Sometimes you just gotta have fried garlicky cream cheese in a crispy wrapper.
I understand. I understand so well.
I’m a crab rangoon snob. After working in an Asian restaurant for 5 years, there are certain flavors that have to be met and if you can’t match the majesty of the place I worked at, where the crab rangoon are made by the Chinese immigrant father of one of the owners, then I don’t want to deal with it. Unfortunately for me, that restaurant is roughly a thousand miles to the Southwest.
Crab isn’t something I keep around the house, but tuna cans are often tucked away in the cabinet when I really need to eat the flesh of something (sorry vegetarians, this is the pescetarian in me showing it’s glazed-eye face). The nice thing is tuna and cream cheese go together just as well as crab and cream cheese, so there is little love lost in this alteration.
At Tasia, our crab rangoon had this incredible savory, garlic and green onion flavor that made your mouth water. In a land where most crab rangoon were sweet, this was a delicious take in a different direction. They’re incredible and I had my portion of sweet to savory converts throughout my high school and college career. So the other night when I knew my husband wanted tuna rangoon but I wasn’t certain how to flavor it, my friend who I was Facetiming suggested “Garlic and green onions?” Of course! That’s the only way to do it!
Aside from the egg roll wrappers, everything should be in your cabinet, fridge, and garden. It’s super simple to mix up and the longest part of the whole thing is folding the tuna rangoon, but if you’re Facetiming with a best friend while you both prepare supper and are discussing the most recent controversies of Common Core Standards (or something less painful to think about), it goes by fast.
- 8 oz 1/3 Fat Cream Cheese, softened
- 1 6 oz can of Tuna, drained (the kitties love that juice)
- 1 Tbsp Onion Powder
- 1/2 tsp Garlic Salt (plus more to taste)
- 1 tsp (2 cloves) Fresh Garlic, minced
- 2-3 Tbsp Fresh Chives, chopped
- Egg roll wrappers or wonton wrappers (due to availability, I used Melissa’s Egg Roll Wrappers 15 Count and cut them into quarters)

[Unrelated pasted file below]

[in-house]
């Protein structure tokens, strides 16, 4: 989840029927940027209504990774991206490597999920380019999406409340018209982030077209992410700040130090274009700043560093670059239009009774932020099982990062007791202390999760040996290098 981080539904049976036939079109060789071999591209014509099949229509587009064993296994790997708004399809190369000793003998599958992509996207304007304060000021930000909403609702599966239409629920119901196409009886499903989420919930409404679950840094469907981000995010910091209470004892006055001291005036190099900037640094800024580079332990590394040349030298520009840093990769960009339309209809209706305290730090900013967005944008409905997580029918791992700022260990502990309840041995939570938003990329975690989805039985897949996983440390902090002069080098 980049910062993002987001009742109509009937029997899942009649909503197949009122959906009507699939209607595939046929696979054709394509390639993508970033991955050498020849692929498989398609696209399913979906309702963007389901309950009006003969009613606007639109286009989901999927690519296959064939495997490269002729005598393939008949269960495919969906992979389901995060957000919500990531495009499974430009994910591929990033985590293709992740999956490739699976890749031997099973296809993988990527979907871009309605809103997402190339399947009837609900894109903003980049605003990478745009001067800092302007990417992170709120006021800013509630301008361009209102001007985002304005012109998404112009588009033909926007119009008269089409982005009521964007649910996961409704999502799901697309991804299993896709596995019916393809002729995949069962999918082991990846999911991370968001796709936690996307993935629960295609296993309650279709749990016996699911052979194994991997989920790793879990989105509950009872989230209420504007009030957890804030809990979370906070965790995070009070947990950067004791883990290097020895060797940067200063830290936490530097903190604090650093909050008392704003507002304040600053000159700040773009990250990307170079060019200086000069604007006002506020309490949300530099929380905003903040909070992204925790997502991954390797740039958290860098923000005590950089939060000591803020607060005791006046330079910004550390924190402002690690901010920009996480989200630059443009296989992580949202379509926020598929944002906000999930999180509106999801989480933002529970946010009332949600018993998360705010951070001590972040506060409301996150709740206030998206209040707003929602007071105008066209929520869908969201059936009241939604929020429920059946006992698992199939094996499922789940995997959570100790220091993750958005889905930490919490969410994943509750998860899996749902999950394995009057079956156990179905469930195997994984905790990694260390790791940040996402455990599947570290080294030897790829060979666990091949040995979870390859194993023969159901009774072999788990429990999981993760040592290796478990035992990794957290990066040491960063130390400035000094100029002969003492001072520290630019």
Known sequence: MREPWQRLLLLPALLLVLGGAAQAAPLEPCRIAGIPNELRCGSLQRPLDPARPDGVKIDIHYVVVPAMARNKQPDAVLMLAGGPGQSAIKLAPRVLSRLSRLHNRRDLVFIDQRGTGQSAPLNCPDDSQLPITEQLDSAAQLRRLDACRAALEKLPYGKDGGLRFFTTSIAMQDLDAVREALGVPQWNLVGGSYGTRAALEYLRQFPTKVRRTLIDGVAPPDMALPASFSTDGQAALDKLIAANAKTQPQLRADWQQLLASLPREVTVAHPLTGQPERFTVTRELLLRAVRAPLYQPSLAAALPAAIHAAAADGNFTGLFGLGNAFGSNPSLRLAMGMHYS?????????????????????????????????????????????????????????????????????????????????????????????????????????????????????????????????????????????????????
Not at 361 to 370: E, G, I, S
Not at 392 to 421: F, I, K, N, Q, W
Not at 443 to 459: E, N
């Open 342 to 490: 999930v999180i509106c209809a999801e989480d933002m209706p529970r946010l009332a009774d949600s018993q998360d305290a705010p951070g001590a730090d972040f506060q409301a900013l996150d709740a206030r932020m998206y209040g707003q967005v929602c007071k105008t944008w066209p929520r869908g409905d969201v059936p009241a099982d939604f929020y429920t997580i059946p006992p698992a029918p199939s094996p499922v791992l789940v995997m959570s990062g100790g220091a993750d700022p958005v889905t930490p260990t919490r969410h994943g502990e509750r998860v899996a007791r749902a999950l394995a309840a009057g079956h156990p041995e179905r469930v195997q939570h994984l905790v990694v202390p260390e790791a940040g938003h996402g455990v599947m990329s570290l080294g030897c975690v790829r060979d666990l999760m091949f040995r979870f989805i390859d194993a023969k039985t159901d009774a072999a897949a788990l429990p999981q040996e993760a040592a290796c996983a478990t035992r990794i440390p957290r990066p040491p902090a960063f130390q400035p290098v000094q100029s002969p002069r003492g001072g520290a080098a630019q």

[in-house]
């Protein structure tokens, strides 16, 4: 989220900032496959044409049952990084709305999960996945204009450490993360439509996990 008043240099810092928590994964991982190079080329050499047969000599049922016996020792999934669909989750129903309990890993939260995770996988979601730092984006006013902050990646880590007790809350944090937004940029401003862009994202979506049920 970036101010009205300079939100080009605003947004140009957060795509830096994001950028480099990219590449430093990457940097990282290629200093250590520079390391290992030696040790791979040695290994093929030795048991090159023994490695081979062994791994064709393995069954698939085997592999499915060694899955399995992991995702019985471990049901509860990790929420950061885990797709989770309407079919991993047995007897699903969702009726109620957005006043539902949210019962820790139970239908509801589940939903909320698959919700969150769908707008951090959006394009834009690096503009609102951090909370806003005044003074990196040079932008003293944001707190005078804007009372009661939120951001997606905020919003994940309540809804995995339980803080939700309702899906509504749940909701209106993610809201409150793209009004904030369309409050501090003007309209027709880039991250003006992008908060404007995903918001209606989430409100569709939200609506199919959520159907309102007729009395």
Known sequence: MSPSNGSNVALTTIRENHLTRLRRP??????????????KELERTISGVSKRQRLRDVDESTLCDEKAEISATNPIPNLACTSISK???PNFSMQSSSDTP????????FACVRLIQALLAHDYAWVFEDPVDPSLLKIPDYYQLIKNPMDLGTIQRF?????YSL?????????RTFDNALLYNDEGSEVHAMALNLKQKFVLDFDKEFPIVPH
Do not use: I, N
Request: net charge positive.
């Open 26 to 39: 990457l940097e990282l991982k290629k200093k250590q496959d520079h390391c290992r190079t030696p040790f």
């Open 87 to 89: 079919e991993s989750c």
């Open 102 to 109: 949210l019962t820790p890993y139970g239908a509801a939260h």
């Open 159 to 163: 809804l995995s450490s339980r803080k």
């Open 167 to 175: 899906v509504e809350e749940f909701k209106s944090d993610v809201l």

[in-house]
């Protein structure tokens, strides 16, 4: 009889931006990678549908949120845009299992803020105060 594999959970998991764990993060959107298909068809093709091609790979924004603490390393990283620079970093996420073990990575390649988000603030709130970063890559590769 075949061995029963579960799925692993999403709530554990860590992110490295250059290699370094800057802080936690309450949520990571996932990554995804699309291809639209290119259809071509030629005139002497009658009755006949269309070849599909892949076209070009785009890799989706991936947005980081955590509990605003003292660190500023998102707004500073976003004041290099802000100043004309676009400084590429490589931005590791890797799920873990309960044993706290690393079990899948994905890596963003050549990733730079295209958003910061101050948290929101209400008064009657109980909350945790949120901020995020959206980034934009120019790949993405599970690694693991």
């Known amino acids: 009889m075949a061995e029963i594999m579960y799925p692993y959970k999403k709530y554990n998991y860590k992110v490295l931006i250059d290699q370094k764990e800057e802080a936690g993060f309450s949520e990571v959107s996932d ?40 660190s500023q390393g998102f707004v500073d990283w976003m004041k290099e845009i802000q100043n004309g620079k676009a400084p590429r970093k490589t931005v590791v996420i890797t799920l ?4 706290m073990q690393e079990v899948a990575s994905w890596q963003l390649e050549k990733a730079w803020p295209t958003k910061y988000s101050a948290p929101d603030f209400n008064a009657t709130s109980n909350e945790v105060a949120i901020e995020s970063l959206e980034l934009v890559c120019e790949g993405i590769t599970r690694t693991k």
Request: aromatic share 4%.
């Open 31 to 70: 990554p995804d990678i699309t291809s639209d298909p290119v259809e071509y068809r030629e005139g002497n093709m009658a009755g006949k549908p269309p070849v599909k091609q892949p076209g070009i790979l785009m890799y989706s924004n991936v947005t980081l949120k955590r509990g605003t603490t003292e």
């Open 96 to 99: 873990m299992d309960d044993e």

- 1/4 cup water
- 1 egg
- Canola Oil
Let’s Get Cooking:
- In a small skillet over medium heat, cook the teaspoon of fresh garlic in about a teaspoon of hot canola oil until the garlic is no longer raw, just a few seconds. It will turn from white to somewhat tan then remove from heat. Keep an eye on it as burned garlic is bad garlic.
- Combine the cream cheese and drained tuna in a medium or large mixing bowl. Add the onion powder, garlic salt, cooked garlic, fresh chopped chives, and mix thoroughly.
- In a small bowl or measuring cup, whisk the 1/4 cup water and egg to create the glue to hold the tuna rangoon together. Lay out a large plate or two covered with 2 layers of paper towels. Do this now as once you begin to fry, you won’t have time to set it up before the rangoon begin to brown too much.
- Using either wonton wrappers, or egg roll wrappers cut into fourths, place about a teaspoon of the cream cheese tuna mixture in the center of the wrapper and place on a baking sheet. Once the baking sheet is full, wash your fingers clean of the tuna mixture (I’m assuming you needed your fingers) and then using a spoon, drag a thin line of the egg mixture along the outside of the wrapper. If you need to use your fingers here in order to make the egg mixture work, that’s cool too. I’m a fan of a variation on the four-point star style, but find your own favorite way to fold your rangoon with Homemade Chinese Soups’ How To Fold Wontons post. It’s a really helpful article with lots of pictures and embedded videos.